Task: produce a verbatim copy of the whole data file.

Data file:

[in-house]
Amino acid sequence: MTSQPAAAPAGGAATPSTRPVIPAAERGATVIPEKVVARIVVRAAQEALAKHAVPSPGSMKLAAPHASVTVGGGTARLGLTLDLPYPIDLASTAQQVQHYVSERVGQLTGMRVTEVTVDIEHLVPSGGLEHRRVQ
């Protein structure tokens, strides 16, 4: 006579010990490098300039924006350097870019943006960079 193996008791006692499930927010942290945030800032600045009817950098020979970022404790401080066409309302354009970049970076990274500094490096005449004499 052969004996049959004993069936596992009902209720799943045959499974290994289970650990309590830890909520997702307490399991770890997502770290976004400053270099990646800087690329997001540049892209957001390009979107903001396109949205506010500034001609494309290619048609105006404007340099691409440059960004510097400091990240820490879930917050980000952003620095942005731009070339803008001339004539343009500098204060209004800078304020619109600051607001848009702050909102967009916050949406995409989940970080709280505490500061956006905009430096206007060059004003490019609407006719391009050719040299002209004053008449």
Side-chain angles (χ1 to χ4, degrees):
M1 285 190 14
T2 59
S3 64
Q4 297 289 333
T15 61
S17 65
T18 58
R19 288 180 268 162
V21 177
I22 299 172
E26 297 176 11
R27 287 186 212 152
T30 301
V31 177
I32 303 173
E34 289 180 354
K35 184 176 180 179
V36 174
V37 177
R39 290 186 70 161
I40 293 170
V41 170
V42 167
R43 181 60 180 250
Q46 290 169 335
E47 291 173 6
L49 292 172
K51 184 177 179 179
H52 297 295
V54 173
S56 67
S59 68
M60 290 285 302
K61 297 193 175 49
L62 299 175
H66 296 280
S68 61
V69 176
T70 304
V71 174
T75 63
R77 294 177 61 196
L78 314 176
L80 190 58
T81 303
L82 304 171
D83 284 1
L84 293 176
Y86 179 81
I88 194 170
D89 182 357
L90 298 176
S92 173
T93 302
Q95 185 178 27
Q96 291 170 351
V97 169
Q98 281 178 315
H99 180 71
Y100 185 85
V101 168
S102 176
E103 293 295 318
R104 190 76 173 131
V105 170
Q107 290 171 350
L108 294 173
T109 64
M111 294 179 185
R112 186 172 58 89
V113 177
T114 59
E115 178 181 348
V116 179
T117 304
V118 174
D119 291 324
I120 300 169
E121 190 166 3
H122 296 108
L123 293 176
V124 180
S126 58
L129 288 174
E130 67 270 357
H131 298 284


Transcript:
[in-house]
Amino acid sequence: MTSQPAAAPAGGAATPSTRPVIPAAERGATVIPEKVVARIVVRAAQEALAKHAVPSPGSMKLAAPHASVTVGGGTARLGLTLDLPYPIDLASTAQQVQHYVSERVGQLTGMRVTEVTVDIEHLVPSGGLEHRRVQ
């Protein structure tokens, strides 16, 4: 006579010990490098300039924006350097870019943006960079 193996008791006692499930927010942290945030800032600045009817950098020979970022404790401080066409309302354009970049970076990274500094490096005449004499 052969004996049959004993069936596992009902209720799943045959499974290994289970650990309590830890909520997702307490399991770890997502770290976004400053270099990646800087690329997001540049892209957001390009979107903001396109949205506010500034001609494309290619048609105006404007340099691409440059960004510097400091990240820490879930917050980000952003620095942005731009070339803008001339004539343009500098204060209004800078304020619109600051607001848009702050909102967009916050949406995409989940970080709280505490500061956006905009430096206007060059004003490019609407006719391009050719040299002209004053008449």
Side-chain angles (χ1 to χ4, degrees):
M1 285 190 14
T2 59
S3 64
Q4 297 289 333
T15 61
S17 65
T18 58
R19 288 180 268 162
V21 177
I22 299 172
E26 297 176 11
R27 287 186 212 152
T30 301
V31 177
I32 303 173
E34 289 180 354
K35 184 176 180 179
V36 174
V37 177
R39 290 186 70 161
I40 293 170
V41 170
V42 167
R43 181 60 180 250
Q46 290 169 335
E47 291 173 6
L49 292 172
K51 184 177 179 179
H52 297 295
V54 173
S56 67
S59 68
M60 290 285 302
K61 297 193 175 49
L62 299 175
H66 296 280
S68 61
V69 176
T70 304
V71 174
T75 63
R77 294 177 61 196
L78 314 176
L80 190 58
T81 303
L82 304 171
D83 284 1
L84 293 176
Y86 179 81
I88 194 170
D89 182 357
L90 298 176
S92 173
T93 302
Q95 185 178 27
Q96 291 170 351
V97 169
Q98 281 178 315
H99 180 71
Y100 185 85
V101 168
S102 176
E103 293 295 318
R104 190 76 173 131
V105 170
Q107 290 171 350
L108 294 173
T109 64
M111 294 179 185
R112 186 172 58 89
V113 177
T114 59
E115 178 181 348
V116 179
T117 304
V118 174
D119 291 324
I120 300 169
E121 190 166 3
H122 296 108
L123 293 176
V124 180
S126 58
L129 288 174
E130 67 270 357
H131 298 284